Tea Picking And Yield.
Chinese tea grown among the mountains and hillsides was in Mr.
Fortune's time distinguished as "Hill tea," while both large and
diminutive plantations on the lowlands or the plains were all
called "tea gardens," a term which is now applied by the
English to the extensive plantations of Ceylon and India.
Some of the largest tea plantations in China turned out, say, 500
chests, or 30,000 pounds, of tea per annum, at the same period.
In both China and the East Indies a common custom prevails of
planting tea bushes about four feet apart, each way, and they are
pruned down to a height varying from three to six feet, to bring
the topmost leaves within reach of the picker. In both named
countries, a first crop of tea leaves may be gathered from the
plant at three years from the seed, but a full crop is not
expected until the plant is about six years old. "A Chinese
plantation of tea, seen from a distance," says Mr. Fortune,
"looks like a little shrubbery of evergreens." And when
journeying in the Bohea black tea country, he remarks--"As we
threaded our way amongst the hills I observed tea gathers busily
employed on all the hill sides where the plantations were. They
seemed a contended and happy race; the joke and merry laugh were
going around; and some of them were singing as gaily as the birds
in the old trees about the temples." There is an old Chinese
ballad of some 30 stanzas, which pictures the reflections of a
Chinese maiden who is employed in picking tea in early spring,
from we select a few verses, literally translated.
"Our household dwells amidst ten thousand hills,
Where the tea, north and south of the village, abundantly grows;
From Chinshe to Kuhyu, unceasingly hurried,
Every morning I must early rise to do my task of tea.
"By earliest dawn, I at my toilet, only half dress my hair,
And seizing my basket, pass the door, while yet the mist is thick;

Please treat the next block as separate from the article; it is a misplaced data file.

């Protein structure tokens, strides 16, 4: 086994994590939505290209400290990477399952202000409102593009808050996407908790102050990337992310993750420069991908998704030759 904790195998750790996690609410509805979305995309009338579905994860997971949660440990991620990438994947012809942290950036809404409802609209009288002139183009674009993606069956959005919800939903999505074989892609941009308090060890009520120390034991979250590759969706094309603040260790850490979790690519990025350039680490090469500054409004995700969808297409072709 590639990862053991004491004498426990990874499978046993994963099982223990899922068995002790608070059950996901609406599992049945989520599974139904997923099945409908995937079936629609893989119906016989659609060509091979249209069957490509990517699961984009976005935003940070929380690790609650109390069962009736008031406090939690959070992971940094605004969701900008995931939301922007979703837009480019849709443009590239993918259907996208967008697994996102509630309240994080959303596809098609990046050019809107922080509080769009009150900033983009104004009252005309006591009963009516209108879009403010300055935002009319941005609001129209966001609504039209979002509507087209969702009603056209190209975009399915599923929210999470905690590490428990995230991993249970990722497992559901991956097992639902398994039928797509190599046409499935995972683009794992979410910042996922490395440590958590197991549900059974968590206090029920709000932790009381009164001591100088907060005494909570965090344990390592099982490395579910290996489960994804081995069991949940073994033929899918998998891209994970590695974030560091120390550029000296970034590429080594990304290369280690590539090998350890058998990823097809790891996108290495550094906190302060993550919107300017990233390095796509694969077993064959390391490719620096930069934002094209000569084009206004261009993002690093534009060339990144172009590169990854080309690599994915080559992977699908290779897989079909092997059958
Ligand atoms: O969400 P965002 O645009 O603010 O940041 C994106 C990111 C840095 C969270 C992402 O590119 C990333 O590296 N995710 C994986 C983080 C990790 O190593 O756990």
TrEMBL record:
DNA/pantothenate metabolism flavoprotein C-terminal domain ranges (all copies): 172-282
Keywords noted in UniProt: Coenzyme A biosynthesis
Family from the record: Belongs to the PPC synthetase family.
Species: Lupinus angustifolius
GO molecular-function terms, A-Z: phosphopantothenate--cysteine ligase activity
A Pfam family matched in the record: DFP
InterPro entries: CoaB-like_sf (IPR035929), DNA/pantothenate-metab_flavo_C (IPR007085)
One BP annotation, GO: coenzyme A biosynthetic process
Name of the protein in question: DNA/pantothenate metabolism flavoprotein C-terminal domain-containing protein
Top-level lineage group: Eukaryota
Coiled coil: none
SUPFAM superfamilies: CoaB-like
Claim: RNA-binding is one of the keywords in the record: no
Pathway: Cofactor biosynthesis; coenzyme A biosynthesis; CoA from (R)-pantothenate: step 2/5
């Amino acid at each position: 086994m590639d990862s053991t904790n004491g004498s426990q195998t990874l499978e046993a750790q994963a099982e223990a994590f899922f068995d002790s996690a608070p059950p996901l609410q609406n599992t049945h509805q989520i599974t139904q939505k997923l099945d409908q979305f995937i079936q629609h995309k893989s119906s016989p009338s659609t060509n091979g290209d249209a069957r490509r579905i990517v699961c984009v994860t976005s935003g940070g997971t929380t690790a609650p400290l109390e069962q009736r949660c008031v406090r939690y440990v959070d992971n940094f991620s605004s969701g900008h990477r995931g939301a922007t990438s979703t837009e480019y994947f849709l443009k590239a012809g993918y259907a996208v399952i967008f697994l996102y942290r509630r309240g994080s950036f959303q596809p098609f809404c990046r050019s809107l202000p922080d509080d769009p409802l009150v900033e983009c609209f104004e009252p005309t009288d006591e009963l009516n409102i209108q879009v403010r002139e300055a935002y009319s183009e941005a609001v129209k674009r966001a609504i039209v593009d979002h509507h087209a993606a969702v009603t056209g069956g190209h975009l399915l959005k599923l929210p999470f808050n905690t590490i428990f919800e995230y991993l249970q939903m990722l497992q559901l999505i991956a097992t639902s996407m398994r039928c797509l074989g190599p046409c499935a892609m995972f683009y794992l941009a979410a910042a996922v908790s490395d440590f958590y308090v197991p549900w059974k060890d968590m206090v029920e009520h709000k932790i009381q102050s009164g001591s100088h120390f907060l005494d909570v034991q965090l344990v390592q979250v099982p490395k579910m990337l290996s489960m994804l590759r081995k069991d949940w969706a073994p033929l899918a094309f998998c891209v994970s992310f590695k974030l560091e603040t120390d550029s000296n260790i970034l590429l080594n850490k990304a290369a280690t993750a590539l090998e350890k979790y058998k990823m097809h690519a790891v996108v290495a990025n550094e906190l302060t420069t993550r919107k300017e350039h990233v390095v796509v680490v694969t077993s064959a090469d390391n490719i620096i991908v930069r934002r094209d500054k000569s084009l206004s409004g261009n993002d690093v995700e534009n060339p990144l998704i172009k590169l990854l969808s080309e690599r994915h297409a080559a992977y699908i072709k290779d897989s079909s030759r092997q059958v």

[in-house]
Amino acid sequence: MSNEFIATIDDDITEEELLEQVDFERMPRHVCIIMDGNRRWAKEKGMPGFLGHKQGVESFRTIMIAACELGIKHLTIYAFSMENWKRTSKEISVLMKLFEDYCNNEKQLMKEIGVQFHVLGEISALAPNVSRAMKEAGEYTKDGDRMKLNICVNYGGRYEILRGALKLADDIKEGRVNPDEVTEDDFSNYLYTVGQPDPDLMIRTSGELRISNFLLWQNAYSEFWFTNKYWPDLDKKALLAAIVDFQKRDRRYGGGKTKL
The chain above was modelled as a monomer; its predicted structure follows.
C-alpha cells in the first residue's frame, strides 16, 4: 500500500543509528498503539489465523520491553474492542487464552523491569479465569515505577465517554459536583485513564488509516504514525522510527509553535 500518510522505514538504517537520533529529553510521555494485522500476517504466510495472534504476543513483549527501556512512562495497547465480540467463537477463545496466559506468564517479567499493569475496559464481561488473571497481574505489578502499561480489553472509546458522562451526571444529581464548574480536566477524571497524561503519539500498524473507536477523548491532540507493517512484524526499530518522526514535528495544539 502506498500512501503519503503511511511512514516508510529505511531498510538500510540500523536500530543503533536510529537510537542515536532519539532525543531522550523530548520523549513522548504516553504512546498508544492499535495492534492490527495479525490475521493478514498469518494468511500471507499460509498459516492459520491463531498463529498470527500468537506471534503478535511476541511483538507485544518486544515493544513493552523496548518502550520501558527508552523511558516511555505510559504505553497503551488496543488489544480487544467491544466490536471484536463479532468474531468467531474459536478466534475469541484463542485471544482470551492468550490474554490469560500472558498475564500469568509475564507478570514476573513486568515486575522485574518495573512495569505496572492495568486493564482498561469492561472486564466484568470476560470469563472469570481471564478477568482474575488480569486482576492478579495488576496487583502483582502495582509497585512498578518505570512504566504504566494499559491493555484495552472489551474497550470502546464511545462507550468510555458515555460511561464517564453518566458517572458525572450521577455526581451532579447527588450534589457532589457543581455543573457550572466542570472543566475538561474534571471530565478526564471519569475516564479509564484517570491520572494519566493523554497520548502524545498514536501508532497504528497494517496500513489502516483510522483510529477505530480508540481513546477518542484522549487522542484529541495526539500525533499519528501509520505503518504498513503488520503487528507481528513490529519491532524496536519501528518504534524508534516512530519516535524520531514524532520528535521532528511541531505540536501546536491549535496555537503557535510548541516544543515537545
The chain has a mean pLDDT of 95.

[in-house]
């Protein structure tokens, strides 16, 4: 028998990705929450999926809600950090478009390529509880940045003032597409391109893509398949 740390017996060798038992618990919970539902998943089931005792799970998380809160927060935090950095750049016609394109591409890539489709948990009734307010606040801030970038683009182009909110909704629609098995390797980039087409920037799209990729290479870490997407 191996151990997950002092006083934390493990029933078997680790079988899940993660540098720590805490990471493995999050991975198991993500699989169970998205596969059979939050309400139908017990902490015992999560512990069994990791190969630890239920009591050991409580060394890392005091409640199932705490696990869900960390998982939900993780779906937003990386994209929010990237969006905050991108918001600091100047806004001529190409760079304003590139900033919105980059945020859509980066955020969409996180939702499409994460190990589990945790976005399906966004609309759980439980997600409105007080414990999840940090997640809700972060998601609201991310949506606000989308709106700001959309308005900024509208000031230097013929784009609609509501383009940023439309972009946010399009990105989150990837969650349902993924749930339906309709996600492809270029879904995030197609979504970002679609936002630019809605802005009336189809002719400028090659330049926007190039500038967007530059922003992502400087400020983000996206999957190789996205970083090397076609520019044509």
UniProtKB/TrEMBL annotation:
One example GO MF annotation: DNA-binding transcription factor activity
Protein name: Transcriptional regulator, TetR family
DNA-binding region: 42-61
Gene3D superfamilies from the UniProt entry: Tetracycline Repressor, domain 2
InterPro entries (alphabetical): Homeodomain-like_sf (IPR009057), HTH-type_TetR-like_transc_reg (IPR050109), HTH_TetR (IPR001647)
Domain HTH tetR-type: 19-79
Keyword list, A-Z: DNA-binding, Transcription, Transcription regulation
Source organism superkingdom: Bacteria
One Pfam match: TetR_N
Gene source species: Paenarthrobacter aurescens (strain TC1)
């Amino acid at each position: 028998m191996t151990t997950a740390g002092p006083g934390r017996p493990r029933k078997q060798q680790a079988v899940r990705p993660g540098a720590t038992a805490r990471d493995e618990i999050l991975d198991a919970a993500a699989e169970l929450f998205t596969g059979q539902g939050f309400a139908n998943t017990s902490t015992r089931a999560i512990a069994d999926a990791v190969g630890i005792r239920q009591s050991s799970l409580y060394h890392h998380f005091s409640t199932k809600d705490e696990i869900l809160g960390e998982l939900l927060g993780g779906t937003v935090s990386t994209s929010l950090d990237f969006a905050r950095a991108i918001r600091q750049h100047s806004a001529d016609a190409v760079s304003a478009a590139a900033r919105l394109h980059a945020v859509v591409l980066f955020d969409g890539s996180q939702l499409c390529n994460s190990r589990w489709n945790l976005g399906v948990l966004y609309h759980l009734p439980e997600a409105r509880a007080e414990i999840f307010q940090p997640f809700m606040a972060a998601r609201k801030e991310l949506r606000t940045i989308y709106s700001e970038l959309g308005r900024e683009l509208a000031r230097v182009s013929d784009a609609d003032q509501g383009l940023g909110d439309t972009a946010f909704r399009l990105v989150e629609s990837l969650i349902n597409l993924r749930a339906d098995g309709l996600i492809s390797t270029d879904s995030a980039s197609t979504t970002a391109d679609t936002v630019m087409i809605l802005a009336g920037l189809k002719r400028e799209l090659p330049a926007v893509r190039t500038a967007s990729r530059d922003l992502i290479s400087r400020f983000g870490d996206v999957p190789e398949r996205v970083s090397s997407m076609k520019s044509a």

The little maids and graver dames hand in hand winding along,
Ask me, 'which steep of Sunglo do you climb to-day?'
"My splint-basket slung on my arm, my hair adorned with flowers,
I go to the side of the Sunglo hills, and pick the mountain tea.
Amid the pathway going, we sisters one another rally, And
laughing, I point to younder village--'there's our house!'
"This pool has limpid water, and there deep the lotus grows;
Its little leaves are round as coins, and only yet half blown;
Going to the jutting verge, near a clear and shallow spot,
I try my present looks, mark how of late my face appears.
"The rain is passed, the utmost leaflets show their greenish veins;
Pull down a branch, and the fragrant scent is diffused around.
Both high and low, the yellow golden threads are now quite culled;
And my clothes and frock are dyed with odors through and through.
"The sweet and fragrant perfumes like that from the Aglaia;
In goodness and appearance my tea'll be the best in Wuyen,
When all are picked, the new buds by next term will again burst forth,
And this morning, the last third gathered is quite done.
"Each picking is with toilsome labor, but yet I shun it not,
My maiden curls are all askew, my pearly fingers all be numbed;
But I only wish our tea to be of a superfine kind,
To have it equal their 'dragon's pellet,' and his 'sparrow's tongue.'
"For a whole month, where can I catch a single leisure day?
For at earliest dawn I go to pick, and not till dusk return;
Then the deep midnight sees me still before the firing pan--
Will not labor like this my pearly complexion deface?
"But if my face is thin, my mind is firmly fixed
So to fire my golden buds that they shall excel all beside,
But how know I, who'll put them in jewelled cup?
Whose taper fingers will leisurely give them to the maid to draw?"
Men, women and children are in China employed for picking tea,
and three crops are gathered in favorable seasons, with
occasionally a fourth picking. Under the stimulus of East Indian
heat and moisture, the "flushes," or new growth of shoots, buds
and leaves, are renewed as often as once in a week or ten days;
so that during a season of nine months, from a dozen, to a
maximum of thirty pickings are made. The same conditions apply to
the tea plantations of Java. After ten or twelve years the bushes
decline in vigor from the strain of constant loss of young
growth, and are replaced by new plants. Thirty pounds of green
leaves are an average day's work for women and children.
The yield of green leaves or of cured dry tea from a single bush
is necessarily variable with its age, size and condition. In
China, the proportion of manufactured tea to the green leaves is
one to three, or one to three and one-third, while in the East
Indies and Java the allowance is one to four.
Statistics gathered from India tea planters give us the following
figures, for different districts and years:
YIELD OF DRY TEA PER ACRE, PER ANNUM.
Pounds.............. 370 333 330 246 562
YIELD OF DRY TEA PER BUSH, PER ANNUM.
Ounces.............. 1.18 1.46 1.44 1.08 2.50
Mr. Owen A. Gill, of Messrs, Martin Gillett & Co., Baltimore, in